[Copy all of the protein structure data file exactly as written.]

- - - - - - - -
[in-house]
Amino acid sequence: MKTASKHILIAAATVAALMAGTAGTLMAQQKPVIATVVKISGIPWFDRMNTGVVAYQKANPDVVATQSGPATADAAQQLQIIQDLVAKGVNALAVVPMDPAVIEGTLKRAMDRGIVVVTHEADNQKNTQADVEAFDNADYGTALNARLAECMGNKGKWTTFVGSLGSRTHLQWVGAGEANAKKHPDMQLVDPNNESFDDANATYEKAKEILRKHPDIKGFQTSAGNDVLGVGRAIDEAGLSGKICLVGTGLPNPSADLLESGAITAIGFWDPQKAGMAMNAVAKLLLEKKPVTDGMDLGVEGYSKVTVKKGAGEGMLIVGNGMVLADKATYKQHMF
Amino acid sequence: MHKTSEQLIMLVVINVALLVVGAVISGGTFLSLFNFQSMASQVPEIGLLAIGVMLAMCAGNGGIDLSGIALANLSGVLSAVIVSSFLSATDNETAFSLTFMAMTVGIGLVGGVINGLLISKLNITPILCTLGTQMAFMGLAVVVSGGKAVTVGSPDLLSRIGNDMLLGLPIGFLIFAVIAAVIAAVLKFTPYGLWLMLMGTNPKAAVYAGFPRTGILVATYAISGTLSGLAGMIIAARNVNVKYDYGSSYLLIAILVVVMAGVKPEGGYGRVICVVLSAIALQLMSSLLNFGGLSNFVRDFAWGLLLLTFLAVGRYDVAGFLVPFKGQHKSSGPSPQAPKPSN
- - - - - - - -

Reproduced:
[in-house]
Amino acid sequence: MKTASKHILIAAATVAALMAGTAGTLMAQQKPVIATVVKISGIPWFDRMNTGVVAYQKANPDVVATQSGPATADAAQQLQIIQDLVAKGVNALAVVPMDPAVIEGTLKRAMDRGIVVVTHEADNQKNTQADVEAFDNADYGTALNARLAECMGNKGKWTTFVGSLGSRTHLQWVGAGEANAKKHPDMQLVDPNNESFDDANATYEKAKEILRKHPDIKGFQTSAGNDVLGVGRAIDEAGLSGKICLVGTGLPNPSADLLESGAITAIGFWDPQKAGMAMNAVAKLLLEKKPVTDGMDLGVEGYSKVTVKKGAGEGMLIVGNGMVLADKATYKQHMF
Amino acid sequence: MHKTSEQLIMLVVINVALLVVGAVISGGTFLSLFNFQSMASQVPEIGLLAIGVMLAMCAGNGGIDLSGIALANLSGVLSAVIVSSFLSATDNETAFSLTFMAMTVGIGLVGGVINGLLISKLNITPILCTLGTQMAFMGLAVVVSGGKAVTVGSPDLLSRIGNDMLLGLPIGFLIFAVIAAVIAAVLKFTPYGLWLMLMGTNPKAAVYAGFPRTGILVATYAISGTLSGLAGMIIAARNVNVKYDYGSSYLLIAILVVVMAGVKPEGGYGRVICVVLSAIALQLMSSLLNFGGLSNFVRDFAWGLLLLTFLAVGRYDVAGFLVPFKGQHKSSGPSPQAPKPSN